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MADVISE(2)                FreeBSD System Calls Manual               MADVISE(2)

     madvise, posix_madvise -- give advice about use of memory

     Standard C Library (libc, -lc)

     #include <sys/mman.h>

     madvise(void *addr, size_t len, int behav);

     posix_madvise(void *addr, size_t len, int behav);

     The madvise() system call allows a process that has knowledge of its mem-
     ory behavior to describe it to the system.  The posix_madvise() interface
     is identical and is provided for standards conformance.

     The known behaviors are:

     MADV_NORMAL      Tells the system to revert to the default paging behav-

     MADV_RANDOM      Is a hint that pages will be accessed randomly, and
                      prefetching is likely not advantageous.

     MADV_SEQUENTIAL  Causes the VM system to depress the priority of pages
                      immediately preceding a given page when it is faulted

     MADV_WILLNEED    Causes pages that are in a given virtual address range
                      to temporarily have higher priority, and if they are in
                      memory, decrease the likelihood of them being freed.
                      Additionally, the pages that are already in memory will
                      be immediately mapped into the process, thereby elimi-
                      nating unnecessary overhead of going through the entire
                      process of faulting the pages in.  This WILL NOT fault
                      pages in from backing store, but quickly map the pages
                      already in memory into the calling process.

     MADV_DONTNEED    Allows the VM system to decrease the in-memory priority
                      of pages in the specified range.  Additionally future
                      references to this address range will incur a page

     MADV_FREE        Gives the VM system the freedom to free pages, and tells
                      the system that information in the specified page range
                      is no longer important.  This is an efficient way of
                      allowing malloc(3) to free pages anywhere in the address
                      space, while keeping the address space valid.  The next
                      time that the page is referenced, the page might be
                      demand zeroed, or might contain the data that was there
                      before the MADV_FREE call.  References made to that
                      address space range will not make the VM system page the
                      information back in from backing store until the page is
                      modified again.

     MADV_NOSYNC      Request that the system not flush the data associated
                      with this map to physical backing store unless it needs
                      to.  Typically this prevents the file system update dae-
                      mon from gratuitously writing pages dirtied by the VM
                      system to physical disk.  Note that VM/file system
                      coherency is always maintained, this feature simply
                      ensures that the mapped data is only flush when it needs
                      to be, usually by the system pager.

                      This feature is typically used when you want to use a
                      file-backed shared memory area to communicate between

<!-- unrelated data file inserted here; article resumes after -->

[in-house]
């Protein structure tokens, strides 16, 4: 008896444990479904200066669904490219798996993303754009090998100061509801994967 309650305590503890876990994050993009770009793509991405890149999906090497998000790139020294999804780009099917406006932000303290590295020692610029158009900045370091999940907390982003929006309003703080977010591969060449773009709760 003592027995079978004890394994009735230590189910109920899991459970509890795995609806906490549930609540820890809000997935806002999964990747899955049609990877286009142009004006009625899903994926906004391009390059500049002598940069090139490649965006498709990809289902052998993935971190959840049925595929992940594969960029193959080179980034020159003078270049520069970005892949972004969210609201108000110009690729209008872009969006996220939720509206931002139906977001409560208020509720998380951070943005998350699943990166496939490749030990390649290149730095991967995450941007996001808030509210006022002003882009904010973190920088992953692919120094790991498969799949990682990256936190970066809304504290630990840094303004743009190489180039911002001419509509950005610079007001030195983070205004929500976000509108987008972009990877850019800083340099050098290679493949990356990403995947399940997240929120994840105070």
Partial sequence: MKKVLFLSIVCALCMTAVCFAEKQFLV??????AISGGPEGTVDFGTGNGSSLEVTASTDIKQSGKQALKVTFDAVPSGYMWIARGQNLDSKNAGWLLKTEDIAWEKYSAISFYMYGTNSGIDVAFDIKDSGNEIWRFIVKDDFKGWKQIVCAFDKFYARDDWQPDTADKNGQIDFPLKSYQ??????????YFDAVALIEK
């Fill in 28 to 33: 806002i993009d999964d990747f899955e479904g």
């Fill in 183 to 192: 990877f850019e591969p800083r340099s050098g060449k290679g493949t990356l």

processes (IPC) and do not particularly need the data
                      being stored in that area to be physically written to
                      disk.  With this feature you get the equivalent perfor-
                      mance with mmap that you would expect to get with SysV
                      shared memory calls, but in a more controllable and less
                      restrictive manner.  However, note that this feature is
                      not portable across UNIX platforms (though some may do
                      the right thing by default).  For more information see
                      the MAP_NOSYNC section of mmap(2)

     MADV_AUTOSYNC    Undoes the effects of MADV_NOSYNC for any future pages
                      dirtied within the address range.  The effect on pages
                      already dirtied is indeterminate - they may or may not
                      be reverted.  You can guarantee reversion by using the
                      msync(2) or fsync(2) system calls.

     MADV_NOCORE      Region is not included in a core file.

     MADV_CORE        Include region in a core file.

     MADV_PROTECT     Informs the VM system this process should not be killed
                      when the swap space is exhausted.  The process must have
                      superuser privileges.  This should be used judiciously
                      in processes that must remain running for the system to
                      properly function.

     Portable programs that call the posix_madvise() interface should use the
     POSIX_MADV_WILLNEED, and POSIX_MADV_DONTNEED rather than the flags
     described above.

     The madvise() function returns the value 0 if successful; otherwise the
     value -1 is returned and the global variable errno is set to indicate the

     The madvise() system call will fail if:

     [EINVAL]           The behav argument is not valid.

     [ENOMEM]           The virtual address range specified by the addr and
                        len arguments is not valid.

     [EPERM]            MADV_PROTECT was specified and the process does not
                        have superuser privileges.

     mincore(2), mprotect(2), msync(2), munmap(2)

     The posix_madvise() interface conforms to IEEE Std 1003.1-2001

     The madvise() system call first appeared in 4.4BSD.

FreeBSD 6.2                      July 19, 1996                     FreeBSD 6.2


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